Doctor Fortran in “Eighteen is the New Fifteen”

When the international Fortran standards committee (WG5) met in 2012 to set a schedule for the next standard revision, the informal name of the standard was set to be “Fortran 2015”. The schedule changed over the subsequent years, but the name stayed the same. The current schedule has the standard being published in the second half of 2018, which caused a question to be asked: “Should we perhaps think of changing the year number to something more current?”

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Doctor Fortran in “Are We There Yet?”

The Fortran 2015 standard is almost here, for larger values of “almost”. The technical content is locked down and, at this point, only minor editorial changes are being allowed. A Committee Draft is currently out for ballot, with the results to be available in time for the next US committee (J3 or INCITS PL22.3) meeting in October 2017. International committee (WG5) members get to make comments and suggest editorial changes, but technical changes are not allowed.

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Doctor Fortran in “It Takes All KINDs”

So this is retirement? As I noted earlier, I may no longer be working for Intel, but I do intend to stay active in the Fortran and Intel development communities. While I am back in the forum answering questions, it is liberating knowing that I am not responsible for making sure every question (and bug report) gets answered. I recently learned a wonderfully appropriate Polish saying “Nie mój cyrk, nie moje małpy”, which translates literally to “Not my circus, not my monkey”, or more colloquially, “not my problem”. I plan to apply this a lot.

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Doctor Fortran in “Thirty-Eight”

(Originally published October 2, 2016)

October 2, 1978 was a typical New England fall day. I walked into the entrance of what had once been a Caldor department store in Tewksbury, Massachusetts. This converted shopping center was the just-opened software development outpost of Digital Equipment Corporation, or DEC, and it was my first day of my new job there to be a developer on the VAX-11/VMS Run-Time Library. I announced myself to the security guard in the lobby and waited for my hiring manager to come out and escort me in. And waited. And waited. It turned out that they were waiting for another new hire who knew people there and had just walked in! Eventually I was rescued and brought inside.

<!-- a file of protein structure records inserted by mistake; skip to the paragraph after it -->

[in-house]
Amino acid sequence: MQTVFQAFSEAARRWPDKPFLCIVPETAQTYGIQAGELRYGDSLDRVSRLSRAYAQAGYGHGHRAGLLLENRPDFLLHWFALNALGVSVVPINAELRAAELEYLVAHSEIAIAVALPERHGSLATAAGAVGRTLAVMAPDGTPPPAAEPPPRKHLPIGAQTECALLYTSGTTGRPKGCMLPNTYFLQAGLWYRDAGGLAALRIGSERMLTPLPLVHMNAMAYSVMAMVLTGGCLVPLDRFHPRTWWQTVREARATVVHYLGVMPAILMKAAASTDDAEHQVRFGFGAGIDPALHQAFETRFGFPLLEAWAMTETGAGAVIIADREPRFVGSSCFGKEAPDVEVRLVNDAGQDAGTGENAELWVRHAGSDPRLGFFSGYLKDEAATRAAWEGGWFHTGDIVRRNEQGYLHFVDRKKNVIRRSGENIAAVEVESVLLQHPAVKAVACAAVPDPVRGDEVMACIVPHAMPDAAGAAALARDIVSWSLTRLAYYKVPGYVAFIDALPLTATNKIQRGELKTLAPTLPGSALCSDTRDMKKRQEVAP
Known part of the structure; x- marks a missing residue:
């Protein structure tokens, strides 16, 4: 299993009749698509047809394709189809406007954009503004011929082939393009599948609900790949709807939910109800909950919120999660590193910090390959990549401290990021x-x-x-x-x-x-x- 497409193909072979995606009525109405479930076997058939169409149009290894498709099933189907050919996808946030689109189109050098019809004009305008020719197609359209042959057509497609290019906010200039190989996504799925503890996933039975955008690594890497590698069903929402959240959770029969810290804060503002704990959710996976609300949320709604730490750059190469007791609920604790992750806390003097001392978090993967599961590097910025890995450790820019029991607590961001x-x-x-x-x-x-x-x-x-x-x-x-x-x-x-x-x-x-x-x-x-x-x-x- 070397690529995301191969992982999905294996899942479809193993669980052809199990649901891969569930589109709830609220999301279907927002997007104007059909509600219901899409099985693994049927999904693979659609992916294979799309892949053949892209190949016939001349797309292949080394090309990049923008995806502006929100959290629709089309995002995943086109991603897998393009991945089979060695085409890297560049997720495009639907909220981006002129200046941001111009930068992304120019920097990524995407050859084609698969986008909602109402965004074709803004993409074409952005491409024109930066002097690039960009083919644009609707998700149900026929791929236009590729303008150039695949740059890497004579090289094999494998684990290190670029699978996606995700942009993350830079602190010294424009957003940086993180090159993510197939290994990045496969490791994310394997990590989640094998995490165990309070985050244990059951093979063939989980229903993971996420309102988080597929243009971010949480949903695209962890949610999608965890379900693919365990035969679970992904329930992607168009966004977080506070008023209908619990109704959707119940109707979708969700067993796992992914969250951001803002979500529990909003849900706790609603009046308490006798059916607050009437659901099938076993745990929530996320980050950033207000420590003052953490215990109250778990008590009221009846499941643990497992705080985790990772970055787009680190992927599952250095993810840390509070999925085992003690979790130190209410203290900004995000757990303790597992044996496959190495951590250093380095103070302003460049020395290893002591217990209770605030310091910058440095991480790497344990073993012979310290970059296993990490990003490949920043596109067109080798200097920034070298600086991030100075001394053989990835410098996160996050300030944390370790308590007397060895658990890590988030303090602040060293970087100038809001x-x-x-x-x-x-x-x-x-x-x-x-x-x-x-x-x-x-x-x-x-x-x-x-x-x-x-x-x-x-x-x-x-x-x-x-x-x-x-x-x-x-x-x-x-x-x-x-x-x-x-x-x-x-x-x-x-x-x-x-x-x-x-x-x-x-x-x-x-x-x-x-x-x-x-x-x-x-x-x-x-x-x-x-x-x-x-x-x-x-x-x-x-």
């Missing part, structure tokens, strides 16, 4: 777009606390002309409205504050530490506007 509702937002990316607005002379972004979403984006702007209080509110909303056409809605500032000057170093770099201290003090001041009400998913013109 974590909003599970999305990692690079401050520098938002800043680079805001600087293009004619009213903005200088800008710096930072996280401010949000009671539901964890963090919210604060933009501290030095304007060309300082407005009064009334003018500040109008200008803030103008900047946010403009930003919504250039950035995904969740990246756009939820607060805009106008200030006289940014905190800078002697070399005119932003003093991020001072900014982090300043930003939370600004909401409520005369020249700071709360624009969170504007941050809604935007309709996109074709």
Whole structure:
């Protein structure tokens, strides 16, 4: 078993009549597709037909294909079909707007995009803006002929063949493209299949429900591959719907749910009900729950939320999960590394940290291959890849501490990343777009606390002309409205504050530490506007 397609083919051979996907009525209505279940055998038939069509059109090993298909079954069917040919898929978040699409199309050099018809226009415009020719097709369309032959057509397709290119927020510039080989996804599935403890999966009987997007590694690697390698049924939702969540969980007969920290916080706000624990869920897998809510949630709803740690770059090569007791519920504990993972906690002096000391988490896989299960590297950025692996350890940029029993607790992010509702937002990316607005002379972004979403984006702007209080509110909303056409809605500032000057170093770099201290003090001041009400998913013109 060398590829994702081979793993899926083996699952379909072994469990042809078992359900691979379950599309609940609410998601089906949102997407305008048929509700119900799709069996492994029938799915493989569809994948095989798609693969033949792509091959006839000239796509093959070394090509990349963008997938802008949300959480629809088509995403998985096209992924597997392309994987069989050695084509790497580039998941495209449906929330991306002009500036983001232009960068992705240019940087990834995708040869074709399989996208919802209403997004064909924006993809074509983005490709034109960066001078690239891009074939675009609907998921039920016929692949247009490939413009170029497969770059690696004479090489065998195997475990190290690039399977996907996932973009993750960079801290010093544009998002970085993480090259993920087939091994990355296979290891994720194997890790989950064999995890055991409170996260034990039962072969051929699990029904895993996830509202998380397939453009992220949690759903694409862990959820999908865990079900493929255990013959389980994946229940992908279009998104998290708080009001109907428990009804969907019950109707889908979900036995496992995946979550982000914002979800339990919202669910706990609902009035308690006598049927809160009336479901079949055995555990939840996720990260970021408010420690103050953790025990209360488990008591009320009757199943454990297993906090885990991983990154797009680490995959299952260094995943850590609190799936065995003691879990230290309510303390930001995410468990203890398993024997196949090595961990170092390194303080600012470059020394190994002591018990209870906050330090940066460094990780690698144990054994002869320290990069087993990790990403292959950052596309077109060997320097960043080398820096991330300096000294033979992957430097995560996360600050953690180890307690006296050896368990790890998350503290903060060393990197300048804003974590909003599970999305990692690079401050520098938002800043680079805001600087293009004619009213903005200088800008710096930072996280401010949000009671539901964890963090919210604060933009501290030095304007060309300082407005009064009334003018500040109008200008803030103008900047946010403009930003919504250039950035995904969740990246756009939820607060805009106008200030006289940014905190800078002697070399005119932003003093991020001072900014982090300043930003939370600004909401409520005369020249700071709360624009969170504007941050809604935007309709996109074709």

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Doctor Fortran in “A Blast from the Past”

David Muxworthy, ISO Fortran standards committee (WG5) Corrigenda editor and member of BCS (formerly British Computer Society) recently sent along a fascinating document. It comes from a project to digitize old papers from the archive of the BCS Fortran Specialist Group and is a 1977 summary of changes made to FORTRAN 77 as a result of the public comment review.

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Doctor Fortran in “One Door Closes”

In previous posts (herehere and here), I’ve written about the content of and process of creating the next revision of the Fortran standard, Fortran 2015. At the August 2015 joint WG5/J3 meeting in London, England, we finally shut the door on adding still more new features to F2015, though a few snuck in during the meeting. First I’ll bring you up to date on what’s planned for the new standard, including the latest additions, and then talk a bit about what comes next.

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Doctor Fortran in “We All Live in a Yellow Submodule”

Fortran 90 introduced the concept of modules, a separately compiled collection of declarations and procedures that could be referenced by other program units. This was borrowed from Ada, (and probably other languages), but omitted one very useful Ada feature: IS SEPARATE. Why is this important? With Fortran modules, a source file that USEs a module is dependent on the entire module; if any change is made to the module, every source that USEs it must be recompiled even if the changes have no effect on the interface. If you have nested modules, as many applications do, this can lead to a “recompilation cascade” that dramatically increases build time for even the most minor change.

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Doctor Fortran in “The Future of Fortran”

In November 2014, I led a session at SC14 (the event formerly known as “Supercomputing”) titled “The Future of Fortran”. I invited representatives from other vendors and members of the Fortran standards committee to participate, and had some accept, but when it came time for the session, I was up there alone. Oh well…

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